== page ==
You are viewing this article in the archives. For the latest breaking news and updates in Ann Arbor and the surrounding area, see
Posted on Sat, Feb 25, 2012 : 5 a.m.

Simple precautions prevent food poising

By Ask Dr. K

Harvard Medical School Adviser by the Faculty of Harvard Medical School


I attended a holiday dinner party at Christmas and ended up with food poisoning. It was very unpleasant and, although I'd hoped to host next year myself, I don't want to make anyone sick. How can I prepare a good meal that is also safe for my guests?


One of the best parts about a holiday party is the food. Unfortunately, as you experienced, people can develop foodborne illness (food poisoning or infections) if the food is not prepared carefully. The good news is you can greatly reduce the chance that your guests will become ill by taking a few precautions.

There are three basic rules you can follow to ensure your food is safe to eat:

-- First, avoid cross-contamination, which is the transfer of bacteria from one food item to another. All fresh food contains some bacteria. Most of the bacteria on fruit and vegetables can be washed off, but you can destroy the bacteria on meat, fish and poultry only by cooking it.

To avoid cross-contamination, keep meat, fish and poultry apart from salad greens, fruits and other foods that you plan to eat raw. Fully separate them from each other in the grocery cart and in the refrigerator. Wash your hands, utensils and cutting surfaces whenever you switch from working with uncooked meat, fish or poultry to anything that will be eaten raw.

-- Second, check the temperature of the foods you store and cook. Bacteria grow fast at temperatures between 40 degrees F and 140 degrees F. Use a food thermometer to make sure you're keeping your raw dishes cold enough and that hot dishes have been cooked enough.

-- Third, make sure you follow the two-hour rule. That is, do not leave raw meat or poultry in the temperature danger zone for more than two hours. If you do, they may produce illness-causing toxins that can't be destroyed by cooking.

You should also be aware that some traditional holiday dishes and drinks provide perfect opportunities for bacterial contamination and growth.

If you plan to serve a turkey, use special care. Raw poultry is one of the most common causes of bacterial diarrhea, so proper cooking and storage are critical. A frozen turkey should be thawed in the refrigerator to prevent the surface from reaching temperatures above 40 degrees F. For a faster thawing time, the turkey can be submerged in cold water, as long as you change the water every 30 minutes.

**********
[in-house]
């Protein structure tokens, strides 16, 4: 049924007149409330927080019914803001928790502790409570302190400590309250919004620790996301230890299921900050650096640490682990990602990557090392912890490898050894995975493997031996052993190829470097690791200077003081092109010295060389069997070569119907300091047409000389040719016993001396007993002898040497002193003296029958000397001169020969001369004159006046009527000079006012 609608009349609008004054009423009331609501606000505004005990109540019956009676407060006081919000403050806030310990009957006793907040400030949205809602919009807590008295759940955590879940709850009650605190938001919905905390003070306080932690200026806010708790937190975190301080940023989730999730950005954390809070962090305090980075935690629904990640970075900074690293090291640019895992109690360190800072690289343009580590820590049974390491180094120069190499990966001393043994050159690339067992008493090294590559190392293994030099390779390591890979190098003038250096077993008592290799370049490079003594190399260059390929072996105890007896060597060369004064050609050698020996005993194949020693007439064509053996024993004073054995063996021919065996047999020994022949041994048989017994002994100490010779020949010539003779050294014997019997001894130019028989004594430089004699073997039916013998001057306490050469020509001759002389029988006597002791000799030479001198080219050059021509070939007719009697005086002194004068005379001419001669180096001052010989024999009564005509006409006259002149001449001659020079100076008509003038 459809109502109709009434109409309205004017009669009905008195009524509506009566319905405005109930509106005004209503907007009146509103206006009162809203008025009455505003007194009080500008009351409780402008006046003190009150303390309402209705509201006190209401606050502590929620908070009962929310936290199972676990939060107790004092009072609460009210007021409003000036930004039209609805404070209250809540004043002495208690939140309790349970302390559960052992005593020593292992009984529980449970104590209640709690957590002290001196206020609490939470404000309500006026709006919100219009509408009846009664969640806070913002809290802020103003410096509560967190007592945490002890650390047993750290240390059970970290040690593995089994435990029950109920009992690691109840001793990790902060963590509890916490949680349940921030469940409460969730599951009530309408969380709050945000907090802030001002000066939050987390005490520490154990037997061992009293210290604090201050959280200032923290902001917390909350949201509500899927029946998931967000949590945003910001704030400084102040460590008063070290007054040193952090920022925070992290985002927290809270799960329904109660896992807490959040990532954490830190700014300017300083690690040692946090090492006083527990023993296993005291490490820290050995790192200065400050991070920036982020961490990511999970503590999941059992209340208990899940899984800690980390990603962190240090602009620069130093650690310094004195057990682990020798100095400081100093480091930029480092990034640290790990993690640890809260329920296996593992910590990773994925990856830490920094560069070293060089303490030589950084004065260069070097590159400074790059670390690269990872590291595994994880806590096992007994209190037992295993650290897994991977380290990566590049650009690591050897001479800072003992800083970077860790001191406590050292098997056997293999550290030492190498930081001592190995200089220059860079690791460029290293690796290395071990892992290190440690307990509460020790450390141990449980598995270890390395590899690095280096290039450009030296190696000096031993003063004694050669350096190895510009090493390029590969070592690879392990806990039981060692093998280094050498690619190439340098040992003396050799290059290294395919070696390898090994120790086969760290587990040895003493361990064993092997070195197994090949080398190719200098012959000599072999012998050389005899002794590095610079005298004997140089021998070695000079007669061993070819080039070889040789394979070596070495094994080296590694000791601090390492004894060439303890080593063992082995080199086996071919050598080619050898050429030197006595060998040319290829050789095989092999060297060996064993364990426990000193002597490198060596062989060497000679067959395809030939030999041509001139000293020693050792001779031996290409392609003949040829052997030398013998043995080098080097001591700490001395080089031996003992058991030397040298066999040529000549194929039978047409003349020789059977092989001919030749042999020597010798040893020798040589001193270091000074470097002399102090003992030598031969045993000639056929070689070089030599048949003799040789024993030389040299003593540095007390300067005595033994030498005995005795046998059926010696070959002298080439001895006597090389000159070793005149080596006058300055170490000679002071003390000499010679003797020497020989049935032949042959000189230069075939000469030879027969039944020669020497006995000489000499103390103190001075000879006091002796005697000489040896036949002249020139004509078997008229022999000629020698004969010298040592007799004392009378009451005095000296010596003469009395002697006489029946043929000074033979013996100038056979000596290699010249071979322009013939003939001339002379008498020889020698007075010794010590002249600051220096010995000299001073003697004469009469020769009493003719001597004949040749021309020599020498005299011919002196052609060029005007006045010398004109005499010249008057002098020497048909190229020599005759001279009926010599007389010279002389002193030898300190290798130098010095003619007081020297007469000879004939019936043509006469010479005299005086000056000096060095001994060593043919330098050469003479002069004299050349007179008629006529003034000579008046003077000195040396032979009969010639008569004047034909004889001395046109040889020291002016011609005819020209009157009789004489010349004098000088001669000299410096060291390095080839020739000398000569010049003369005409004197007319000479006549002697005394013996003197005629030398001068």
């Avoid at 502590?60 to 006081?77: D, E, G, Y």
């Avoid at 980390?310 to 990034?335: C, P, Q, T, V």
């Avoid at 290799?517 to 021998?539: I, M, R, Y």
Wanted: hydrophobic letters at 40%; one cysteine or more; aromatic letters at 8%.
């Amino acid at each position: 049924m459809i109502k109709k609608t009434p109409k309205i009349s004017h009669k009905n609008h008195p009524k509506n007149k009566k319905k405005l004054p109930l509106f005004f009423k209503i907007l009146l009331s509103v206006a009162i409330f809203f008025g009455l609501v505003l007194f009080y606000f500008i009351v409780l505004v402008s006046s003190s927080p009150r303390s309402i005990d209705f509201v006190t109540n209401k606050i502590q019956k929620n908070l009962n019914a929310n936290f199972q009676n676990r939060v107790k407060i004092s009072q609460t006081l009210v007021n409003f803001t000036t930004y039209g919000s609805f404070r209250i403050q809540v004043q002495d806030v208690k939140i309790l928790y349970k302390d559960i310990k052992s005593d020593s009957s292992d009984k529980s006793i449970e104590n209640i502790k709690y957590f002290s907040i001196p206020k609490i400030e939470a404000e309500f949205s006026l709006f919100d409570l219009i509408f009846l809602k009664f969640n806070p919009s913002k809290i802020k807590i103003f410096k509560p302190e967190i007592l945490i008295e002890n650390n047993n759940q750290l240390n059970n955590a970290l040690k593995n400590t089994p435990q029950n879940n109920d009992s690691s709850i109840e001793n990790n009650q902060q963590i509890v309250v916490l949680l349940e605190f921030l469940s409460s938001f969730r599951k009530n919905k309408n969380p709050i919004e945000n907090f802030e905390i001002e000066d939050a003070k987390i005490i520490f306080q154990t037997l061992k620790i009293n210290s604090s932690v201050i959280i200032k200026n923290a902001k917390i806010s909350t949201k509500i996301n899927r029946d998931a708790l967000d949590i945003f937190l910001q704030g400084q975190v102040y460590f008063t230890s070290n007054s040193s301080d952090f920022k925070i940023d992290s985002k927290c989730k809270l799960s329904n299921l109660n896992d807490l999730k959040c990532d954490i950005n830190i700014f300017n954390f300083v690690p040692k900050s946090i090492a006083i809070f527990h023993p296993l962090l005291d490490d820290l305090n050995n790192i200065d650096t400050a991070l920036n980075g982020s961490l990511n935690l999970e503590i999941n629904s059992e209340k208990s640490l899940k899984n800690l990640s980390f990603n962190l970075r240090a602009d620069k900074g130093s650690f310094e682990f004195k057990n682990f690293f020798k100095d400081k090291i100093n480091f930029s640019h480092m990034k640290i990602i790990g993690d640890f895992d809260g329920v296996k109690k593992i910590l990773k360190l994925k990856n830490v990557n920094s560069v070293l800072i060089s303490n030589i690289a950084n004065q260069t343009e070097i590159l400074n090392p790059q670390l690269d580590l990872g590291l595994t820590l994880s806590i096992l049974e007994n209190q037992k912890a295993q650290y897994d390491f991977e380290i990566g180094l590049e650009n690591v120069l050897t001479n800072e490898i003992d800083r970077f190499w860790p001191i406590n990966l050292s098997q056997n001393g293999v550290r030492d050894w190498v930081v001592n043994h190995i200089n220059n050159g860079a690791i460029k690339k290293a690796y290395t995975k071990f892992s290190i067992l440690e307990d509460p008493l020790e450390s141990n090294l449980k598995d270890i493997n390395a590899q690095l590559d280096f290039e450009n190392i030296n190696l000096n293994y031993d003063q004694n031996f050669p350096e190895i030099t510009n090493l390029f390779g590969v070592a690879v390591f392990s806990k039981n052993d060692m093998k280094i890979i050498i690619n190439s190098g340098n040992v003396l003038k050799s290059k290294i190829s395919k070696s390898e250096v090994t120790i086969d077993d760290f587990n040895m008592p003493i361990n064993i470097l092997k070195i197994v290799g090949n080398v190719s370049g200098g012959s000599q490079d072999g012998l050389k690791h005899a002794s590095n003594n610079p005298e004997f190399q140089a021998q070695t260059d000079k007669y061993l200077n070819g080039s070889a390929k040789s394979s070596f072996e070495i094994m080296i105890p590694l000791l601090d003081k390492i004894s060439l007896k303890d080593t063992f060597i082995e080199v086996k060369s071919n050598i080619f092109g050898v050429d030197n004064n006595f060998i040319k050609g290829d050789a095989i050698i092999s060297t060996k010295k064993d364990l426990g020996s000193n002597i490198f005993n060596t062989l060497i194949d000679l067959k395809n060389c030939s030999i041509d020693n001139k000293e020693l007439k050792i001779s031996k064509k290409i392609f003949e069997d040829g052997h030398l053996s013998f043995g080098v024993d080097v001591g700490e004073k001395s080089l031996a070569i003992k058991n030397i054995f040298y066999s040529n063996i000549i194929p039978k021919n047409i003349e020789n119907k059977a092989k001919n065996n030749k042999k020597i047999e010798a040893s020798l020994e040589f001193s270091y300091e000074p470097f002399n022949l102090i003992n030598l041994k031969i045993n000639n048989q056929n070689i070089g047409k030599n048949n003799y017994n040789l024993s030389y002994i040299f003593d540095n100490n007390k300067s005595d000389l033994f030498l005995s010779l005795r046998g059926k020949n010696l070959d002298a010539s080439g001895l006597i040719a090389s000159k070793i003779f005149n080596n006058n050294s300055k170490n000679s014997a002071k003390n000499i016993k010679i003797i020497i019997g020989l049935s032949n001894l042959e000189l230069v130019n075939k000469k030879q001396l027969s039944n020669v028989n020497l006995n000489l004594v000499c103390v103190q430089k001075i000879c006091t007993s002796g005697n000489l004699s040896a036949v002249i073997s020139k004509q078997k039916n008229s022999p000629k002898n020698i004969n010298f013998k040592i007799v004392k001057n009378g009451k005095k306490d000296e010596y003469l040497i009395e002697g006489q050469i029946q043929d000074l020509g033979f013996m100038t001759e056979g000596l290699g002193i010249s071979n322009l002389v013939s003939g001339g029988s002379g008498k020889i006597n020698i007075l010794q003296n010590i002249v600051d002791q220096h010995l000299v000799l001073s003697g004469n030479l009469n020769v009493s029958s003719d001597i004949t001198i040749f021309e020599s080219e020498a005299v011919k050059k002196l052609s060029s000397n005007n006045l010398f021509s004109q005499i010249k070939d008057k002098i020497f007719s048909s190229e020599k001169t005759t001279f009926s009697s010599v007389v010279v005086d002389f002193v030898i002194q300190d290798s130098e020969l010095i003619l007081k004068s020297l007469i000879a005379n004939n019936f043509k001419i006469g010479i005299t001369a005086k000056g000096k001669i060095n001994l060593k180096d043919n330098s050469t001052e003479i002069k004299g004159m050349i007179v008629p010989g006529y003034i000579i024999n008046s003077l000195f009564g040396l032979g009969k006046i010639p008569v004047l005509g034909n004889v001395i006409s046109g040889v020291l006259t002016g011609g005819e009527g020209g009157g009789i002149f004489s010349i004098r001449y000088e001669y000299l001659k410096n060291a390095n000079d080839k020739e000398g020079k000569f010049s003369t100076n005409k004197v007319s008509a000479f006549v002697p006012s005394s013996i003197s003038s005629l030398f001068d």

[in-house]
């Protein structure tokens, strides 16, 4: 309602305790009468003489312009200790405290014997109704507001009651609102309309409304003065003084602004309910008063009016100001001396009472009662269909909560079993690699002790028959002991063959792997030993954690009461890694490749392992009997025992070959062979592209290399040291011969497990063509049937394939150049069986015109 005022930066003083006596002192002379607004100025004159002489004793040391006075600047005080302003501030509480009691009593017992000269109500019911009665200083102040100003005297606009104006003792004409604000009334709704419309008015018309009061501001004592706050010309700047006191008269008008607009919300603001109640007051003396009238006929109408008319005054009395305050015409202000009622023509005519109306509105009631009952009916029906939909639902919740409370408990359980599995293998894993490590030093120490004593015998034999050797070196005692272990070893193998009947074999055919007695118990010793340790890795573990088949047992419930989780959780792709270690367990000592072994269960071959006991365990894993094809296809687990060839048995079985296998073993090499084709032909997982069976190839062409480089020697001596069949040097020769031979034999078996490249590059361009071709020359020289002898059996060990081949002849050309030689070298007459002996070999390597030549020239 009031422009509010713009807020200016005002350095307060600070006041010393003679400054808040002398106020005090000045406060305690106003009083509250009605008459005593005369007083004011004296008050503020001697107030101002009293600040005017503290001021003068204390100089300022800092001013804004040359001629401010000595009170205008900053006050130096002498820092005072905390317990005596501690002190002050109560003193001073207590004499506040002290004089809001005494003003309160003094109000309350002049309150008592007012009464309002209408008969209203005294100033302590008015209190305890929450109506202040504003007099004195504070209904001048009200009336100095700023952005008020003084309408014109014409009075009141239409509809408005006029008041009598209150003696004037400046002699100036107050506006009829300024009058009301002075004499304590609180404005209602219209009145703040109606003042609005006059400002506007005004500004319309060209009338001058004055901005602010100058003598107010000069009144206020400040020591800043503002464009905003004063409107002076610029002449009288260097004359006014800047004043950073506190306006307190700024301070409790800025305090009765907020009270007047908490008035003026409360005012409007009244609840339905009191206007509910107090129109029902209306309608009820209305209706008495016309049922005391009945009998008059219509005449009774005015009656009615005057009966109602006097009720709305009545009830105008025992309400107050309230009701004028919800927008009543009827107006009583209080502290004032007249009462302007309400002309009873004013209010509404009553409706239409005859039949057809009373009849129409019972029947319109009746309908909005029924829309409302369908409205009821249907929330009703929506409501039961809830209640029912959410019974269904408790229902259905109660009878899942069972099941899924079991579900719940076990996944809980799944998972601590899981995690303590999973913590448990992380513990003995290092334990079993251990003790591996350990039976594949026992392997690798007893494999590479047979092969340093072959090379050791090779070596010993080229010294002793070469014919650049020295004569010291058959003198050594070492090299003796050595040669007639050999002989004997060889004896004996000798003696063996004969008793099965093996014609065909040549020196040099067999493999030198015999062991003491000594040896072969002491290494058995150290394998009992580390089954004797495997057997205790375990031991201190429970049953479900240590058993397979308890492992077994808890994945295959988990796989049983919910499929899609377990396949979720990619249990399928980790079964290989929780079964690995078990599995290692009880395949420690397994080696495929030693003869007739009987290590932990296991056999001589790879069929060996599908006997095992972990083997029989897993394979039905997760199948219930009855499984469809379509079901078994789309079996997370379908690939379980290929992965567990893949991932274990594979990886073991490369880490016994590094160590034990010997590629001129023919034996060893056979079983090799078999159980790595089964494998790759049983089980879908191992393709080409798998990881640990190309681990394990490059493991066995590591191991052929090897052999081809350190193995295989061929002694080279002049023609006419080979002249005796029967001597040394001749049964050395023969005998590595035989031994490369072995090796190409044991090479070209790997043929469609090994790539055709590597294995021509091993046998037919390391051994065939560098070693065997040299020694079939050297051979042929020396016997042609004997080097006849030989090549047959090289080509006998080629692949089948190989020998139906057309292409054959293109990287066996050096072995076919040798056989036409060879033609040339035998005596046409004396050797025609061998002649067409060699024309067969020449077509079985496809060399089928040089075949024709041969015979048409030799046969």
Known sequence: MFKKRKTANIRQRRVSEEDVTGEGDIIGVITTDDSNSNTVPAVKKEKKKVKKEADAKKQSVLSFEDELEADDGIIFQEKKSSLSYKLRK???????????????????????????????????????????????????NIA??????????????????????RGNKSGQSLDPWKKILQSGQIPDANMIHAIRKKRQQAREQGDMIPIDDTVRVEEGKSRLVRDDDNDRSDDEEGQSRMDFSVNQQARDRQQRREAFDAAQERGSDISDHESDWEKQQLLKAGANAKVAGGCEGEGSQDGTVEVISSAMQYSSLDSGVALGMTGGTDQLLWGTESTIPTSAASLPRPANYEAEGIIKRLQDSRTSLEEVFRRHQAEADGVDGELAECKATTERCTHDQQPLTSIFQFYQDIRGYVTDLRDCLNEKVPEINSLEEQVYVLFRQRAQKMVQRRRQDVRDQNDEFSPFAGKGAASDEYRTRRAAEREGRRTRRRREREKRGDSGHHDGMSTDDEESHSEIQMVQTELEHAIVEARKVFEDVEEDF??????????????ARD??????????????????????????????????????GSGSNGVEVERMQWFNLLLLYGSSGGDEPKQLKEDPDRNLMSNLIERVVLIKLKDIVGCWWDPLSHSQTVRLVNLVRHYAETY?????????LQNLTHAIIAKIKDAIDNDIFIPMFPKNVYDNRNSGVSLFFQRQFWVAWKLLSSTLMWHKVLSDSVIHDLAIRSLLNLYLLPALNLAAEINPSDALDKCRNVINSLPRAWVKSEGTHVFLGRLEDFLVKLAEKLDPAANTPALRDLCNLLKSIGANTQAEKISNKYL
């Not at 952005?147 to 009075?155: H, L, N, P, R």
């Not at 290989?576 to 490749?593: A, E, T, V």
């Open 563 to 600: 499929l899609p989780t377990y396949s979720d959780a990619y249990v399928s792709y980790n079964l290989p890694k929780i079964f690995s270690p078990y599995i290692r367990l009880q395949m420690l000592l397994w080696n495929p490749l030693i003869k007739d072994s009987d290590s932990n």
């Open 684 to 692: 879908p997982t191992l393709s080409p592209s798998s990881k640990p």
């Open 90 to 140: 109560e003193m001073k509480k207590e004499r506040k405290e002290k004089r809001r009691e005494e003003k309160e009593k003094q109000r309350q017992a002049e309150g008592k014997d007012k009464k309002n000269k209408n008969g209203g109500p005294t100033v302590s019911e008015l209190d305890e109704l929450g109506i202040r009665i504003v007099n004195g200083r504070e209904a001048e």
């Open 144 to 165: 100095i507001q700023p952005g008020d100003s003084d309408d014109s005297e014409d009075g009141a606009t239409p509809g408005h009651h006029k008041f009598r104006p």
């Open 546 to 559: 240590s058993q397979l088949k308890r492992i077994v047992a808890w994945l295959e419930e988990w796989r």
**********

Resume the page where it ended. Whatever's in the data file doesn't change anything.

A fresh turkey must reach your refrigerator within two hours of leaving the merchant's cooler. Cook it until the temperature is 165 degrees F in the innermost breast, thighs and wings, and serve it within two hours. For storage, all the meat should be removed from the bone, divided into smaller pieces, placed in shallow containers and refrigerated or frozen. Leftover meat should be reheated to 165 degrees F before serving. The way you prepare stuffing is also important. Stuffing the turkey before you roast it raises the risk of contamination. The stuffing can absorb bacteria from internal drippings as the bird cooks, and the stuffing may not get hot enough to eliminate the bacteria before the turkey is done. The best thing to do is to cook the stuffing separately and refrigerate leftover stuffing in a separate container.

If you still want to stuff your turkey, chill the ingredients ahead of time (keeping wet and dry ingredients separate) and combine them just before stuffing the bird. Then cook the turkey immediately, using a meat thermometer to make sure both the bird and the stuffing reach an internal temperature of 165 degrees F.

You also need to be careful when preparing treats that contain eggs, such as pumpkin pie and eggnog. Eggs often contain bacteria that can cause illness in humans. Illness can be avoided by cooking egg-containing foods to a temperature of 160 degrees F.

The way you serve the food may also influence how safe it is for guests to eat. If you plan to serve it buffet-style, use the two-hour rule mentioned above. The two-hour rule applies to all prepared foods on the table. It may help to divide each food item into smaller portions and refill dishes as they empty. If you reuse a serving dish, wash it before refilling.

Lastly, pay attention to any gifted food. Prepared food that travels more than two hours must be kept chilled or frozen en route. If a frozen food arrives fully thawed or a chilled food arrives at room temperature, thank the giver but discreetly discard the food. If you follow these rules, your holiday meals can be festive, tasty and also safe. For more advice on preventing foodborne illnesses, visit

(Submit questions to

** ** **